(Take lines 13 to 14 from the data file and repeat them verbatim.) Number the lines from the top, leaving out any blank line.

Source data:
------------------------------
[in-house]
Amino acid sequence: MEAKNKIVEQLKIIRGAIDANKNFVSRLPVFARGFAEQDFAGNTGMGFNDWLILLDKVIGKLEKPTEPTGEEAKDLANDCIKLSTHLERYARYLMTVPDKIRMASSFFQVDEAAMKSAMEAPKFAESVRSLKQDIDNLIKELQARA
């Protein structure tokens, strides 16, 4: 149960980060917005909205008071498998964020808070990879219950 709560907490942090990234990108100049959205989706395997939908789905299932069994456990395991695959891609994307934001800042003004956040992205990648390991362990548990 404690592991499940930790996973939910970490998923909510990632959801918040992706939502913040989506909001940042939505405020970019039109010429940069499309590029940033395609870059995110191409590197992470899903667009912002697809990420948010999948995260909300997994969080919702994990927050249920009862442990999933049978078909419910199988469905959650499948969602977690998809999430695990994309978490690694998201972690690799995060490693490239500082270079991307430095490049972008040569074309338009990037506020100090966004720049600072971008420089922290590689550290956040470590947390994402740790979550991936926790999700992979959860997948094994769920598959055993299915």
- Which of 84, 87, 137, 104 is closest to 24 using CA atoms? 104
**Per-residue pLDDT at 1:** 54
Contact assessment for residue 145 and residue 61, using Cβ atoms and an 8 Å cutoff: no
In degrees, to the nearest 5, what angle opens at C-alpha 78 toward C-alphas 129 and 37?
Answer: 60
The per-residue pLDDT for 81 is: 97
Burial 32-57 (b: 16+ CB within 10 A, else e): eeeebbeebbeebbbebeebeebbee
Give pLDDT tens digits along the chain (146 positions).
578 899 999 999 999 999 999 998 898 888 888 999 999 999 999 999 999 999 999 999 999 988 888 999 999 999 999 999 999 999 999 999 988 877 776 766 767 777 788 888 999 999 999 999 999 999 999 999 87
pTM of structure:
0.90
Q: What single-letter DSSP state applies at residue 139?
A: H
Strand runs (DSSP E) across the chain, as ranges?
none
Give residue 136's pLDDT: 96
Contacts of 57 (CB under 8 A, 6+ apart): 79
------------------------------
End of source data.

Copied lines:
pTM of structure:
0.90